A shadow hangs over the struggle to understand the COVID-19 pandemics different problems a shadow of necropolitics that puts some people and risks in the obscure background, while others are highlighted, in the foreground. Social activists and primary care professionals are working hard to help people stay safe and providing basic necessities like food, water or soap. Meanwhile, far-right protesters, some from the better-off classes who protest from the safety of their cars, but also daily workers, Uber drivers and street traders are out against the lockdown, in protests described as nearing a military coup. They want workers to get back to work, contrary to public health recommendations. The elites want the economy to be re-opened, so they can go back to profiting, while the precariously-employed are torn between the need to stay safe and the need to return to work in the absence of alternative means of survival. The question of survival marks the edges of the pandemic. Edges or borders (Bhattarcharya 2018) are where rights and freedoms are differentiated for different groups of people. Bordering is not only about the control of migration, or about the differences between the global north and the global south. Bordering takes place within states, within public institutions and even within the public sphere. Brazil is rapidly becoming a front-runner in the horrible reversal of the ideal of justice playing out across the world the last are coming first in experiencing the brunt of mass ill-being, fear, insecurity, and death. Necropolitical assumptions run through current scientific models and conceptions of society, especially those that model society as synonymous with economy. The aggregated statistics of pandemic monitoring offer an impersonal universalizing language of a single population or economy. Science, law and ethics are complicit when they universalize in ways that disguise
During the 20 years that Alejandro Carrillo has worked in the United States, he has always sent money home. Earnings from his time with construction crews in Florida were enough to provide food and an education to each of his seven children and to build his wife a house in which to raise them. It was also enough to later help his 33-year-old son, José Carrillo, purchase a small, green car to start a taxi business. Funds sent back to Central America from migrants who work in economically developed countries are a lifeline to families like the Carrillos. Remittances represent a steady cash flow which keeps receivers out of poverty and provides a safety net in times of crisis.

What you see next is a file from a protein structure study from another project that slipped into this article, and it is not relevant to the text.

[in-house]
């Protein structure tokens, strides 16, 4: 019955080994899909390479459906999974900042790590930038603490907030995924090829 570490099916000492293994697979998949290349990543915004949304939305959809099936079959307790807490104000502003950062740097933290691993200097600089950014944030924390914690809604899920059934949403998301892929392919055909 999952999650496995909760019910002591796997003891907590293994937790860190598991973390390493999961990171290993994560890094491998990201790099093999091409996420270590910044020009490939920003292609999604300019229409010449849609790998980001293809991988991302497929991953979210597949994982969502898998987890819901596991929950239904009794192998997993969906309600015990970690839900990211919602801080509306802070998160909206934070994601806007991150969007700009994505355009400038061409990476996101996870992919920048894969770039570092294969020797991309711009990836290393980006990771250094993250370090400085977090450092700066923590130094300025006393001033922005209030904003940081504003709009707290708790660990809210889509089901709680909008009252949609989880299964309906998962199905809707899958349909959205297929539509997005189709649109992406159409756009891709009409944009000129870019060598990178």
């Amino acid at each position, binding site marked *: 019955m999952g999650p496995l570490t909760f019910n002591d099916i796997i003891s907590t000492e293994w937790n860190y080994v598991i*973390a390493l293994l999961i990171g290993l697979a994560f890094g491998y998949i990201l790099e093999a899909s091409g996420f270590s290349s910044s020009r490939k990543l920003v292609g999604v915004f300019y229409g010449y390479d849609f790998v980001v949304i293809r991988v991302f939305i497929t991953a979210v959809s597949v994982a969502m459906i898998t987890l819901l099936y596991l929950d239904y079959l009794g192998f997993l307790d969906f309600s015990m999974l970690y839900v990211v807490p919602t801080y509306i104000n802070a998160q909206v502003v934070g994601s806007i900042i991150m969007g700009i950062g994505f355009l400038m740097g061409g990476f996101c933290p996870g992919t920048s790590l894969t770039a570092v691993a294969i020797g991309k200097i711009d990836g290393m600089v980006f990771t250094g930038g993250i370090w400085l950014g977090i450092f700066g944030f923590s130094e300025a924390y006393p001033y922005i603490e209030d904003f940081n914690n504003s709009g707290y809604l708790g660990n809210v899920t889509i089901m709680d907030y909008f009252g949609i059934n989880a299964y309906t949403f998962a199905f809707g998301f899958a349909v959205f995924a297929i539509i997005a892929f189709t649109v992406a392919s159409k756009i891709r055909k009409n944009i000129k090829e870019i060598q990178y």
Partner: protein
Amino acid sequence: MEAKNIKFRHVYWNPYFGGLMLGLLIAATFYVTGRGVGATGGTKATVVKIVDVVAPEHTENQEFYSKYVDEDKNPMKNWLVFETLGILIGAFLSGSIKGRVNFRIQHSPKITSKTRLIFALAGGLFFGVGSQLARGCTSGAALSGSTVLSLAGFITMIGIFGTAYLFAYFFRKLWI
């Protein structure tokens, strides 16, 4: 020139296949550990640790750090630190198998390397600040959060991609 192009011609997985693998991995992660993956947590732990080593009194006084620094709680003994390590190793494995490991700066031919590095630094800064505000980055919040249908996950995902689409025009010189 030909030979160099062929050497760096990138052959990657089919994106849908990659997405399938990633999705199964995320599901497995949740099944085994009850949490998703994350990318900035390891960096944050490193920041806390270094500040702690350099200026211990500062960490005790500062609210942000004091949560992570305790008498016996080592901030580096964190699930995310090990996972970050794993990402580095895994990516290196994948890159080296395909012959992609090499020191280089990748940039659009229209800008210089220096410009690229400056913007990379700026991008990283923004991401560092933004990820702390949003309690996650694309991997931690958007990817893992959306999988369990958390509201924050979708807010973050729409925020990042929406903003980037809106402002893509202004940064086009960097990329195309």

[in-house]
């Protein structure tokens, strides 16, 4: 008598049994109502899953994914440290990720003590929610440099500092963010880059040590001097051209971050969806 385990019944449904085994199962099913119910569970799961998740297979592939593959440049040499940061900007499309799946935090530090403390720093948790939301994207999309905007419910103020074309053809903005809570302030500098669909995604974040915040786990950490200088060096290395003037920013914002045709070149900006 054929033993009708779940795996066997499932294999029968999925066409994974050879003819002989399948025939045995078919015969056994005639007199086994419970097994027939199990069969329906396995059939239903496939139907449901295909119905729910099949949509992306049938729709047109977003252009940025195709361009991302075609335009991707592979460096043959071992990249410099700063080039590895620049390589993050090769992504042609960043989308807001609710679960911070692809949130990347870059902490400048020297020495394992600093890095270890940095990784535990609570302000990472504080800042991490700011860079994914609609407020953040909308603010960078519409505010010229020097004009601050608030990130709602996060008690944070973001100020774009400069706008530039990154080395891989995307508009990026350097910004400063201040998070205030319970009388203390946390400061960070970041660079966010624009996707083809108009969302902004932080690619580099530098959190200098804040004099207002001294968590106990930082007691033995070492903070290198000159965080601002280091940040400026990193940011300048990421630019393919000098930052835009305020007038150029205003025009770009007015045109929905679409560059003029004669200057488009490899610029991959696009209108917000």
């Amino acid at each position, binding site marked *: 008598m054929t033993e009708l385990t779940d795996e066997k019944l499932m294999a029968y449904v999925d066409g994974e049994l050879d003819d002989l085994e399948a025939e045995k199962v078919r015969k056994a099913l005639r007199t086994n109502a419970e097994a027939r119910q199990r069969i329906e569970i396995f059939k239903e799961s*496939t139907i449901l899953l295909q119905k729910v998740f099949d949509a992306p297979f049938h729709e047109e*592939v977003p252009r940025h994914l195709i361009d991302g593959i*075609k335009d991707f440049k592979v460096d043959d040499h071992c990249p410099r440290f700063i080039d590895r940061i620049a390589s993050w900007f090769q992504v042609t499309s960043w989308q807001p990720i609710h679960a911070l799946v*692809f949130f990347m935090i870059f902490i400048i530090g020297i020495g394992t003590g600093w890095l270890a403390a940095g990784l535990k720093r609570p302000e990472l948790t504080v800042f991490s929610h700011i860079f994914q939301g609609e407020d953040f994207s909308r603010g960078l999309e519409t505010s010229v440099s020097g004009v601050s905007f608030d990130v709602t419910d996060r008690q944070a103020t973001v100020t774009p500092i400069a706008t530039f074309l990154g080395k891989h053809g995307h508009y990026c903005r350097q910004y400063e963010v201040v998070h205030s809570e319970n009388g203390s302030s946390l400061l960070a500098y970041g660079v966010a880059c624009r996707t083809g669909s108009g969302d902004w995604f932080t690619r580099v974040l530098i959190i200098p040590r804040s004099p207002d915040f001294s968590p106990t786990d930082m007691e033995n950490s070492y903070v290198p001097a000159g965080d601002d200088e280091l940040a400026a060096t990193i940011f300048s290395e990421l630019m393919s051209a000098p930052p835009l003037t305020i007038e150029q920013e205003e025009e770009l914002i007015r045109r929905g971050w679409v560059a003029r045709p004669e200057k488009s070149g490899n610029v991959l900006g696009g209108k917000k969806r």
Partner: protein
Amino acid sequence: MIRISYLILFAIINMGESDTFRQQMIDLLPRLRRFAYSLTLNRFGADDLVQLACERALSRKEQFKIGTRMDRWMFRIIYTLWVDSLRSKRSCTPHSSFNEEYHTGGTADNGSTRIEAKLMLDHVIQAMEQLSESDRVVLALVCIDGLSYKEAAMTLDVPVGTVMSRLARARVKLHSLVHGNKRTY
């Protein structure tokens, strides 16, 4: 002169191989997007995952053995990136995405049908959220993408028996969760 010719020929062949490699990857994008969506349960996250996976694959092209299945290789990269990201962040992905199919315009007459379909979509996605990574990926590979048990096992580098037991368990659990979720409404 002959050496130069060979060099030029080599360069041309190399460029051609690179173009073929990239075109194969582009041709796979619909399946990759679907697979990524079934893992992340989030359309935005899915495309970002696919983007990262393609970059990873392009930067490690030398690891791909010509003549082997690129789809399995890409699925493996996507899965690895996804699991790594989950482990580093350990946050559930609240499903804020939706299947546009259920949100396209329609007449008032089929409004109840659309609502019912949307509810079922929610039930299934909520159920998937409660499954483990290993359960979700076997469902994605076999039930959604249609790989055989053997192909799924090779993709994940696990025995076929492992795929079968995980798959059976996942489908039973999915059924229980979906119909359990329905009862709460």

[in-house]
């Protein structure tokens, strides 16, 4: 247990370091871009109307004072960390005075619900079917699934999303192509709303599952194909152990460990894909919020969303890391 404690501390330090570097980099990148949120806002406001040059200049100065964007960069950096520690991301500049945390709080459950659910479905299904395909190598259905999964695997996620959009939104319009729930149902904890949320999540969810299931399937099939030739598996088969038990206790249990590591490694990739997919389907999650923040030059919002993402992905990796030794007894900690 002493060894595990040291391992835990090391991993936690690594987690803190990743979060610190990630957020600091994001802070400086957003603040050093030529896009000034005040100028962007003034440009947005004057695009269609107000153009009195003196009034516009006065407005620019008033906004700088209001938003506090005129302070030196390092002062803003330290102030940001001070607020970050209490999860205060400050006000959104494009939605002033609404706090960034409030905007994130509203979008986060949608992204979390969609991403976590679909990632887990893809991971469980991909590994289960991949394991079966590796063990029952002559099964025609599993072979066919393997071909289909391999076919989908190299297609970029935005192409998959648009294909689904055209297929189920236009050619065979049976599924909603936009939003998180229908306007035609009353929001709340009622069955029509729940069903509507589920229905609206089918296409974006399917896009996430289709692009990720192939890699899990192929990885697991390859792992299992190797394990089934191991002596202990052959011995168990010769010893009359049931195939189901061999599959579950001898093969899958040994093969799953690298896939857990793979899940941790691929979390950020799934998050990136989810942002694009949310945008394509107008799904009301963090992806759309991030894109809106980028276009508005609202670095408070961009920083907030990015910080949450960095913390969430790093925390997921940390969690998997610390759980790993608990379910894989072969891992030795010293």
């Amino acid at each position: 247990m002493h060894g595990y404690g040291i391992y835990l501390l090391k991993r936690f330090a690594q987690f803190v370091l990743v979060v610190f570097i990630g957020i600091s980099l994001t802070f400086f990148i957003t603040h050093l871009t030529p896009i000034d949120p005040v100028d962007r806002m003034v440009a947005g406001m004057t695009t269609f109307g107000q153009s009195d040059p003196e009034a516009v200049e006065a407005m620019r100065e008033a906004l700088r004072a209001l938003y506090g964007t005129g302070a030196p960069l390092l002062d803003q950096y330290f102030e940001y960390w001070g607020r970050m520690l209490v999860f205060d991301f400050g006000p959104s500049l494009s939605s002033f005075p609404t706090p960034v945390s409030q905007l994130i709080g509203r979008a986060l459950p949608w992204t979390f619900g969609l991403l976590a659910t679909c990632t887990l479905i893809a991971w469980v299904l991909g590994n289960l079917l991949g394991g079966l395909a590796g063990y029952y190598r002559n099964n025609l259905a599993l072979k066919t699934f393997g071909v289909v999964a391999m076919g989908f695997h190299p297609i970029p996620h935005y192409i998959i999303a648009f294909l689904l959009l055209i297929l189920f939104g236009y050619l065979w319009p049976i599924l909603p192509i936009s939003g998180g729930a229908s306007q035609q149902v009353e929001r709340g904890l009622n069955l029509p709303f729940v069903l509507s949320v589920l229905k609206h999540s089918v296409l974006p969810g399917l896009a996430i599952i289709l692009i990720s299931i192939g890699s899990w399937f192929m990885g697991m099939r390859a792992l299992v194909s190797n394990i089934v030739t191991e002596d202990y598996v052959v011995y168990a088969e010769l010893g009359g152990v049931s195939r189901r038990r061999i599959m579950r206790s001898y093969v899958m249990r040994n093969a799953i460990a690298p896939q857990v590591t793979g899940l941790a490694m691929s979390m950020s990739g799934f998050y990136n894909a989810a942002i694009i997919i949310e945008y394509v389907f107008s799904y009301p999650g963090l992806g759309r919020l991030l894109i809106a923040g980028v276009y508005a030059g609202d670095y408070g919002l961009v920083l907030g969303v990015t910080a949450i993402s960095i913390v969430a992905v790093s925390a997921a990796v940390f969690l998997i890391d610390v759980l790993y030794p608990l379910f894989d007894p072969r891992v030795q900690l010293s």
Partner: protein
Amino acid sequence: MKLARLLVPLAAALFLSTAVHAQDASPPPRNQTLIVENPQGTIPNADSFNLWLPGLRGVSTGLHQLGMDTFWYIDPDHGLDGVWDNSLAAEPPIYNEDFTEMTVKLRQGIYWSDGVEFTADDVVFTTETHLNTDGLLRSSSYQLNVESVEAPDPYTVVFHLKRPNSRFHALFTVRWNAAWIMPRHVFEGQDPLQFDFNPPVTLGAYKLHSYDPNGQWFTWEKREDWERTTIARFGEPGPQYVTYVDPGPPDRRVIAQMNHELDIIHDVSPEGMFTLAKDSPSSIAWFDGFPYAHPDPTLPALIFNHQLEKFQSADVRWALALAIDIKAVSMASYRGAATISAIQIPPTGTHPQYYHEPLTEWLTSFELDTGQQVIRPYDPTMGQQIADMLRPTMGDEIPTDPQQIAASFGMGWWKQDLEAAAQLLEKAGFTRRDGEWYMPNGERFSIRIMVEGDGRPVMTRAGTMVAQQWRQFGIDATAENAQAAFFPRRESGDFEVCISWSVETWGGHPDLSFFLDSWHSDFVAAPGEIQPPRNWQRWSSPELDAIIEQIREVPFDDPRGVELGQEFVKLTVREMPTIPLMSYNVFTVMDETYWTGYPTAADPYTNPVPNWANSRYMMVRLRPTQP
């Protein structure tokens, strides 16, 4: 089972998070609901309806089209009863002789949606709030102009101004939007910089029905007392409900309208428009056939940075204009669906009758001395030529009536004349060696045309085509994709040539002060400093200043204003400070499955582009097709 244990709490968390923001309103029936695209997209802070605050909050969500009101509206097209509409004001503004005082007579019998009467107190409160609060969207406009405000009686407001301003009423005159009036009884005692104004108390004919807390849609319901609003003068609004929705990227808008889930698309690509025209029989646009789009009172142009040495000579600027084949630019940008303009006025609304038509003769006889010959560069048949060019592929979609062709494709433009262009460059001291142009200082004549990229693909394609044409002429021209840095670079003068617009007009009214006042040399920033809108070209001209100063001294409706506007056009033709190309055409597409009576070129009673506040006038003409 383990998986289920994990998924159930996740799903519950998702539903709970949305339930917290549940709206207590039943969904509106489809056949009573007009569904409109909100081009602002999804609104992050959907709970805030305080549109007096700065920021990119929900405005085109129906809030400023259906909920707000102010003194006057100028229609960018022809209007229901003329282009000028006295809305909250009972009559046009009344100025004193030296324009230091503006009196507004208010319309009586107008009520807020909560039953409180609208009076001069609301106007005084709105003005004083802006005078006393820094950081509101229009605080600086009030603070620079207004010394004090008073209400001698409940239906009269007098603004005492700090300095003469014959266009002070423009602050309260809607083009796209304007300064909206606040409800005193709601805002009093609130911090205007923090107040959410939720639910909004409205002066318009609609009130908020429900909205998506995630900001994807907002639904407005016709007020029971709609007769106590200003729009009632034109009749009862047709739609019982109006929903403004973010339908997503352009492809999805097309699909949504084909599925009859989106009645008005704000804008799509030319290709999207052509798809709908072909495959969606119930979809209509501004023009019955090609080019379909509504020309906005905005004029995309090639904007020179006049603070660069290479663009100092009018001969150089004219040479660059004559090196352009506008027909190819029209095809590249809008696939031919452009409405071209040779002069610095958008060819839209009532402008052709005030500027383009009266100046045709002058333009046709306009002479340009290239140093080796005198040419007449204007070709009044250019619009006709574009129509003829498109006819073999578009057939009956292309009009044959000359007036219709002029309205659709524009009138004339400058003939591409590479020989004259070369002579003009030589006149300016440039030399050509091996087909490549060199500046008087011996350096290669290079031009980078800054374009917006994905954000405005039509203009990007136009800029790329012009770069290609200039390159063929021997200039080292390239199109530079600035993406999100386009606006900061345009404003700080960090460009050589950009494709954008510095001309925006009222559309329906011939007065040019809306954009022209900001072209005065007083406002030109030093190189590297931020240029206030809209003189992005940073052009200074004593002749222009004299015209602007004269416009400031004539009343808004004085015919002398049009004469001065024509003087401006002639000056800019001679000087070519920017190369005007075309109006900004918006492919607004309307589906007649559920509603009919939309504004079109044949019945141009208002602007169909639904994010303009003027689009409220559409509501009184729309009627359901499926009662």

The Great Plague hit London in the spring of 1665 and scythed away full a quarter of its population. In the built-up area between the City, Westminster and Southwark, 100,000 died. It was the last gasp of a fatally persistent pandemic that had first struck the timbered medieval metropolis in 1348. What follows are some extracts from my book London: A Travel Guide through Time, in which I bring hopefully in an uncomfortably vivid way to life what it was like to live in, or at least visit, the capital at the height of the Plague, when buboes were sprouting on peoples necks, armpits and groins like there was no tomorrow.
Ive been a matron at University College Hospital (UCH) in London since 2011 but had actually been on secondment for six months at The Lister Hospital before COVID. I returned to work at UCH on Monday 2 March, the day we received the letter to intensive care hospitals from Italy saying start preparing now we havent stopped since. We expanded massively within a very short space of time, going first from 35 to 86 critical care beds then creating a further 22 up on one of the wards. Im responsible for the 3rd floor as we call it, which is the critical care area and the theatre area. On our busiest days so far, weve seen up to eight new COVID patients, with around 62 critically ill patients.